Social gaming coming into its own

At InterPlay, the first conference devoted entirely to the growing genre, there's a lot of excitement, if not much certainty about business models.

Daniel Terdiman Former Senior Writer / News
Daniel Terdiman is a senior writer at CNET News covering Twitter, Net culture, and everything in between.
Daniel Terdiman
4 min read

SAN FRANCISCO--When you're one of the earliest adopters of a new technology, or one of the first companies into a new space, you tend to be very bullish on its future.

That energy was very much in evidence Thursday at InterPlay, the first-ever conference solely devoted to social gaming.

If you're not familiar with the concept of social gaming--small, casual game applications designed to be played on social networks like Facebook--you soon will be. That's because there is a lot of interest--and a growing amount of venture capital--being focused on the young space.

Examples of the early enthusiasm for the space include $15 million in funding for the Social Gaming Network from Greylock Partners, the Founders Fund, Columbia Partners, and Novak Biddle Venture Partners and $10 million of investment from venture capitalists including Union Square Ventures.

"There's significant recognition that social-gaming applications, at least on Facebook, are displaying high engagement and virality (rates)," said Dave McClure, the author of social media blog 500 Hats and one of the lead organizers of the Web 2.0 conferences.

McClure said the nascent space caught his attention after a student of his built a social game and quickly got significant financial interest in it from two different companies.

Still, McClure, who moderated a panel at InterPlay Thursday called "Funding the social game sphere," said he isn't entirely sure if there really is a lot of money to be made yet with such games.

"Can you translate user engagement and virality into monetization?" McClure said. "There's lots of potential, but lots of questions about monetization."

Such uncertainty, he said, is due in part to the fact that there is no universally respected system for collecting payments for the small financial transactions that could be a big part of the process. McClure also noted that it's going to be hard for anyone to take on the dominant player in the space, Facebook.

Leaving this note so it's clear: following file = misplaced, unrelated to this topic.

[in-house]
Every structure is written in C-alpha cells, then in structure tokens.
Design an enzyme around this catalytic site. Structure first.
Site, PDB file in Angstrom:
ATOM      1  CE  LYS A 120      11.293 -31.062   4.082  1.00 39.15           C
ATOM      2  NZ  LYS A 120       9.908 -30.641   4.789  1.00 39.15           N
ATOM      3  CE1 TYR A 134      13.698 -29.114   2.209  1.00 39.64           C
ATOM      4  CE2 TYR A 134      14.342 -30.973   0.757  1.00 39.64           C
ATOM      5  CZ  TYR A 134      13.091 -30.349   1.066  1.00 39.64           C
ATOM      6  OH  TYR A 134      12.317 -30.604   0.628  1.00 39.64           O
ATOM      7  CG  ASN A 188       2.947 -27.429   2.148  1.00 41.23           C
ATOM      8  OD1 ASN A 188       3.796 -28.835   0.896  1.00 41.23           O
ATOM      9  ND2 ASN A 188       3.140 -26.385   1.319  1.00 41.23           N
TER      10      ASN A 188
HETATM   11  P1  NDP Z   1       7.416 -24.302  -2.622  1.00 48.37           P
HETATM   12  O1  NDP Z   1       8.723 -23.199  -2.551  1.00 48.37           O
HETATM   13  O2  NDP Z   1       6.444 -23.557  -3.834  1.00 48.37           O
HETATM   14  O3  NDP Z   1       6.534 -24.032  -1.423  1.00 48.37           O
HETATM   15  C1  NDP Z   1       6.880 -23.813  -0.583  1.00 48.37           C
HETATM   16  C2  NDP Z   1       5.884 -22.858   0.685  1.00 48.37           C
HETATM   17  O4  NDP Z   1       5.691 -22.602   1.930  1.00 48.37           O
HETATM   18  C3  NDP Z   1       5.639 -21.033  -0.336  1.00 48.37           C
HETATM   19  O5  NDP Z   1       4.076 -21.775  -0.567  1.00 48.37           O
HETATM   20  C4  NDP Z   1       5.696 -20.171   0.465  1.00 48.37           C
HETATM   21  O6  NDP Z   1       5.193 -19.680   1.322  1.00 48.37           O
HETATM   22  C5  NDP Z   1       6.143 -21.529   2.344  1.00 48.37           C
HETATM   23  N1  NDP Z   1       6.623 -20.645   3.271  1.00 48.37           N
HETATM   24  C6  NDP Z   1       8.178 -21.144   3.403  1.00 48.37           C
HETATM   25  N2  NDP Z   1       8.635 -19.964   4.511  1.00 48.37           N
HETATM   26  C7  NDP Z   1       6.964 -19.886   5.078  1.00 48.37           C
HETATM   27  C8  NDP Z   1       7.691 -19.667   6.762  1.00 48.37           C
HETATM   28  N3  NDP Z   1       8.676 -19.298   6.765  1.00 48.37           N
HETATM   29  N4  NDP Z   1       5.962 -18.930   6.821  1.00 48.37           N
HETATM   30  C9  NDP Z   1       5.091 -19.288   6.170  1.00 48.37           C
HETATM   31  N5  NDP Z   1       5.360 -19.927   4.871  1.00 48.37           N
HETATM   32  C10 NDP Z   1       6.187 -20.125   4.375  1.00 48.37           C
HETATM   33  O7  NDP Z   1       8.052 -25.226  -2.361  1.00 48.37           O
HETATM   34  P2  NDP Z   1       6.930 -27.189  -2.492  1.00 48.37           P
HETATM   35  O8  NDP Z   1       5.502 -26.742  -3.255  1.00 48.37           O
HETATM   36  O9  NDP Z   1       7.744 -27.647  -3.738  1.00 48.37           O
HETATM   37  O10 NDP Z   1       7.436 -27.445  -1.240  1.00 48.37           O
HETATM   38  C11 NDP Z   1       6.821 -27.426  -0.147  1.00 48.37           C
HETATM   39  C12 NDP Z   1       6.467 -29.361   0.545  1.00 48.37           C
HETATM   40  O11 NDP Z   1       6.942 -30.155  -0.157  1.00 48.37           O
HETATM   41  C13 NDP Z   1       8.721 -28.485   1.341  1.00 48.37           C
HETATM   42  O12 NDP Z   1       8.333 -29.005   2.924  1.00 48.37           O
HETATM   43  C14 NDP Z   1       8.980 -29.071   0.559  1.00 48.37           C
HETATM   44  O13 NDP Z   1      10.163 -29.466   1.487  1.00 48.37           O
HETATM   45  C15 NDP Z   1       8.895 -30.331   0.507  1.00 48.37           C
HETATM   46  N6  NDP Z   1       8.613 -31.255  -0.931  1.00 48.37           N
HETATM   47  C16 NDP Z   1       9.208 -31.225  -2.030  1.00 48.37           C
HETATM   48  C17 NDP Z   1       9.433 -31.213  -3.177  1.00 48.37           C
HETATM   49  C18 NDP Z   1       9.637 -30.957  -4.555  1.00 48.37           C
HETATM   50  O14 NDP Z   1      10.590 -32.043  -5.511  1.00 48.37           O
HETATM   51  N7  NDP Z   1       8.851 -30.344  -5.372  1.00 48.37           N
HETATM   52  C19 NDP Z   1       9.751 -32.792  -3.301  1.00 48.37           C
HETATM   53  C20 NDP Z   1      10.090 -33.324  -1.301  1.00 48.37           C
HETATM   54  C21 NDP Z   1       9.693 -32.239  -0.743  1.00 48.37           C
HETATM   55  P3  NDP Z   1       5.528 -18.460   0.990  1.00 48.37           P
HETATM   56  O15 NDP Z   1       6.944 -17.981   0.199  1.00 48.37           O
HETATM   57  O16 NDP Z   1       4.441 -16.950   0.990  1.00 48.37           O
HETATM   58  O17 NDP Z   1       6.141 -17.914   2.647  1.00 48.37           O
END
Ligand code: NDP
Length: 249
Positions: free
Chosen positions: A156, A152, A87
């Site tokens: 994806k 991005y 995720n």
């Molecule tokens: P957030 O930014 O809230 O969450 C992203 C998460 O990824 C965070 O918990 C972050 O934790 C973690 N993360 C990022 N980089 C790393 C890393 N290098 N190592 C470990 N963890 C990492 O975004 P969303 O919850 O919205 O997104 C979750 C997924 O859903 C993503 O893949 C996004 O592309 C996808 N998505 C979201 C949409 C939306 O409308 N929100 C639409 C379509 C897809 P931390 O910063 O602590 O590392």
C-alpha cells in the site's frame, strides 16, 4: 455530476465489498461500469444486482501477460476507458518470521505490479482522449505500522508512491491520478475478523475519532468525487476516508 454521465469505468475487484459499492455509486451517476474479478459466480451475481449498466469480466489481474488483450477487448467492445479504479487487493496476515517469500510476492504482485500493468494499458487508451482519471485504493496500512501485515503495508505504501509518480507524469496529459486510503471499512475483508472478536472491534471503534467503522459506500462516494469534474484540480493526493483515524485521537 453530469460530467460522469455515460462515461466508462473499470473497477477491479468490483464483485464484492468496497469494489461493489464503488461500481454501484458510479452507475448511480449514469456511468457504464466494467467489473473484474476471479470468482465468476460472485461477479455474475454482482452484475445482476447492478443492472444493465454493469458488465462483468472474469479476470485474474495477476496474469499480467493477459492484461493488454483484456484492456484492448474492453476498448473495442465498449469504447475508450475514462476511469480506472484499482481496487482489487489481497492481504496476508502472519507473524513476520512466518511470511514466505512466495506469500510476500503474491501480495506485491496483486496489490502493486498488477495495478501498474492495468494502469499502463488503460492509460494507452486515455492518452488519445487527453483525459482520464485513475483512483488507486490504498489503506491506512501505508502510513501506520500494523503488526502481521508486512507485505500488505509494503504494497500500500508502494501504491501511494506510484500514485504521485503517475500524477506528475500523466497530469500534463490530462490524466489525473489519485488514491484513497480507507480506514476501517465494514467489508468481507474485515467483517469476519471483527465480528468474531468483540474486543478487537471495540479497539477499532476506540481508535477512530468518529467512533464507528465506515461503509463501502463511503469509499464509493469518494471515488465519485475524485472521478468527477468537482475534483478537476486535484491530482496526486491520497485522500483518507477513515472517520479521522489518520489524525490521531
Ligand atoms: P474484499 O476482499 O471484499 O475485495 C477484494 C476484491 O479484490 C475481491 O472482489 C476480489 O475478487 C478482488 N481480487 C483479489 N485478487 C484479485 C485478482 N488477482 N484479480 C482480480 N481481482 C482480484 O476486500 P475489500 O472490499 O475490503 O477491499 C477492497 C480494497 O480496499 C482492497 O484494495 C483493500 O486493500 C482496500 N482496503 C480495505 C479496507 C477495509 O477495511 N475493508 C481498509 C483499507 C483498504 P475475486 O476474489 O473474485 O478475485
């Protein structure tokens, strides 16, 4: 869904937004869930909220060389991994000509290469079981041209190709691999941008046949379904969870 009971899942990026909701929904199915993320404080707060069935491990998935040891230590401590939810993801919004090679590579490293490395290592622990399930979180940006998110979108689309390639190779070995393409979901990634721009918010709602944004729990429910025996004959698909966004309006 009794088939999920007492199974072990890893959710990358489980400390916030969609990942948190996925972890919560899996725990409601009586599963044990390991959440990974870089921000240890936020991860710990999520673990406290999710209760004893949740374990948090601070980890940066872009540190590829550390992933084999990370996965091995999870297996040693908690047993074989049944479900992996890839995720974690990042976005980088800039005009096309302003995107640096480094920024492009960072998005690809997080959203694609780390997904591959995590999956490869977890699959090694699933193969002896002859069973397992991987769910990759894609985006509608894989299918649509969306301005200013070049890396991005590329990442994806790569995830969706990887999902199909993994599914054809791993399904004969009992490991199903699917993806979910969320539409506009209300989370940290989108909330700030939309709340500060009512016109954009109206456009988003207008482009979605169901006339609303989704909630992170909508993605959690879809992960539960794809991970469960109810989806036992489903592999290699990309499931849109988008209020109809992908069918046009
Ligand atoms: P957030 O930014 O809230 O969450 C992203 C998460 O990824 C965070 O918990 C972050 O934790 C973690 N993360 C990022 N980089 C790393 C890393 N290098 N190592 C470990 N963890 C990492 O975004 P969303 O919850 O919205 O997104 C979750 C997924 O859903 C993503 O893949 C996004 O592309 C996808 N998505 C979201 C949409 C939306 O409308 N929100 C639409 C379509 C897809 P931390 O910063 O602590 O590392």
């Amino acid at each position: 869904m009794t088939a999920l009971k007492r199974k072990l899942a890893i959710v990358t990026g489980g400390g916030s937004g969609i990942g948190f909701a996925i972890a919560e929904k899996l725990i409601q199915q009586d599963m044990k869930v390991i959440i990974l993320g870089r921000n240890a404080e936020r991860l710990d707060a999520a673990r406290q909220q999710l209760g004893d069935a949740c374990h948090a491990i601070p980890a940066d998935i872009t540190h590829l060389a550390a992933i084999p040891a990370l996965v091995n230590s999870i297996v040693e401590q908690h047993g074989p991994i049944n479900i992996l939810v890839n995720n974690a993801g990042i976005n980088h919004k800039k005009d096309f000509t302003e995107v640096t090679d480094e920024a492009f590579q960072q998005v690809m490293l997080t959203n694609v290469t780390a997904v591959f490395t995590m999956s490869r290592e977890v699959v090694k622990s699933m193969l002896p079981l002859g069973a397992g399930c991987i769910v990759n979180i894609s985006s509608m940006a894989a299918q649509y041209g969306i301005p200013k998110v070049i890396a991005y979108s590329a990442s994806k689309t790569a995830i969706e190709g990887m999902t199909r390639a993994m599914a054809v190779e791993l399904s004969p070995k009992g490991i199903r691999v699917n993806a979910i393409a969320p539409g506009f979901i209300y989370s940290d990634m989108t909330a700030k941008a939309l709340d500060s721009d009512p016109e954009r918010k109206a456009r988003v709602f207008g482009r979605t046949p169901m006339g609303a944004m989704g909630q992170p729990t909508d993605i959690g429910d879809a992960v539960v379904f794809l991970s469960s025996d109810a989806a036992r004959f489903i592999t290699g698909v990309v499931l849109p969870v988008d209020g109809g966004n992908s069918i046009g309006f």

"Hopefully, some of those things will change over the next 6 to 12 months," McClure said.

At InterPlay, there was a healthy crowd of several hundred people, many of whom had paid $199 to be there. That's a low price for a conference, but it's unlikely people interested in this industry will be able to attend such confabs for such a small fee much longer.

In fact, the second such gathering, the Social Gaming Summit, will be taking place next month, also in San Francisco. The fee for that event is $399.

But back at InterPlay Thursday, attendees chose from a series of panels, including McClure's and others like "The future of online social gaming," "Gaming on the social platforms," "Advertising and marketing on social games" and "Micro-transactions and virtual goods." There were also some workshops on how to make money with social-gaming applications and a talk about metrics in the space.

And while panels at conferences like this are always a big draw, there's equal interest amongst attendees in getting the chance to network with each other and meet the industry's leaders.

One interesting question about social gaming is where the big video game publishers are.

"You see a lot of traditional game companies sitting on the sidelines," said Dean Takahashi, who writes for VentureBeat. "It could be costly for them to wait. If Electronic Arts waits too long (to create their own social games), it may be that they'll have to buy one of these companies for $100 million."

Yet, it's also possible that this is all much ado about nothing, Takahashi seemed to be saying.

"It is hard to understand why people are getting so excited about some simple games," he said, "that don't take armies of people to create."

The answer, he suggested, is that social networks like Facebook have demonstrated that it is possible to make mundane activities like messaging fun by applying game mechanics.

To some at the conference, being there is a function of necessity for those who want to make the social-gaming industry a powerful force.

"We're so early in a new industry," said Kristian Segerstrale, the CEO of Playfish, "to have some of the companies in a room to talk about shared issues."

Further, Segerstrale said, the point of an early conference like InterPlay is to help get the word out about some of the metrics that are important to a new industry, but which the rest of the world has yet to understand.

For example, he pointed out that in the social-gaming space, one of the most important metrics is total monthly minutes spent on a service by users.

That was also one of the two most important metrics mentioned by Jeremy Liew, a partner at Lightspeed Venture Partners, in the panel on funding social games.

"Two of the most useful metrics are page views and time spent in the game," said Liew. "I like to see numbers of 100 million minutes spent per month."

Those are big numbers, of course, but there do seem to be a number of social games that have been able to get that kind of user interest and engagement.

And that's why, in the end, the space seems primed for a lot more investment and lot more new companies getting involved.

"Everyone here is thinking there's an opportunity here that the game companies aren't exploiting," Takahashi said, "'Why don't we, the social media community, exploit it?'"

On June 10, Geek Gestalt hits the highways for Road Trip 2008. I'll start in Orlando, Fla., and visit many of the South's most interesting destinations. Stay tuned, and be sure to keep up, both now and during the trip, with what I'm doing on Twitter.